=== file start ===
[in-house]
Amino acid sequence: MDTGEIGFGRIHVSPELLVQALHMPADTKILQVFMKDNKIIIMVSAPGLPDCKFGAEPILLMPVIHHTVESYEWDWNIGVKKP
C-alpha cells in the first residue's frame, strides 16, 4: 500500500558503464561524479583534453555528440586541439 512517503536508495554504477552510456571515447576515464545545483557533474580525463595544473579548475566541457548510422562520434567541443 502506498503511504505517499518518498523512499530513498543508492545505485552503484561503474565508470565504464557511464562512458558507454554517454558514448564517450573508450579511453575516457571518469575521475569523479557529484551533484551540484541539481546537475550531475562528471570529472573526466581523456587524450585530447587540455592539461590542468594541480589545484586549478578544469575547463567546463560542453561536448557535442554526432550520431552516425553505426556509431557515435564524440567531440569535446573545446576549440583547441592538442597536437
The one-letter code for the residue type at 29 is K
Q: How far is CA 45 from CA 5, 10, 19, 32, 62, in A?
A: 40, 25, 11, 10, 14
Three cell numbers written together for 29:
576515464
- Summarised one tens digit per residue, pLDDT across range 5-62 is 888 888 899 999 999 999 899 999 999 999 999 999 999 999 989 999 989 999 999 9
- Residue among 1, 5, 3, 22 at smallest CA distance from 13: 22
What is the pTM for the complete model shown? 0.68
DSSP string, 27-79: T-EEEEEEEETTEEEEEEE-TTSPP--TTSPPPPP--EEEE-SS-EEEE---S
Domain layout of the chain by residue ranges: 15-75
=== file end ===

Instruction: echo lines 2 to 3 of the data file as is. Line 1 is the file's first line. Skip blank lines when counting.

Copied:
Amino acid sequence: MDTGEIGFGRIHVSPELLVQALHMPADTKILQVFMKDNKIIIMVSAPGLPDCKFGAEPILLMPVIHHTVESYEWDWNIGVKKP
C-alpha cells in the first residue's frame, strides 16, 4: 500500500558503464561524479583534453555528440586541439 512517503536508495554504477552510456571515447576515464545545483557533474580525463595544473579548475566541457548510422562520434567541443 502506498503511504505517499518518498523512499530513498543508492545505485552503484561503474565508470565504464557511464562512458558507454554517454558514448564517450573508450579511453575516457571518469575521475569523479557529484551533484551540484541539481546537475550531475562528471570529472573526466581523456587524450585530447587540455592539461590542468594541480589545484586549478578544469575547463567546463560542453561536448557535442554526432550520431552516425553505426556509431557515435564524440567531440569535446573545446576549440583547441592538442597536437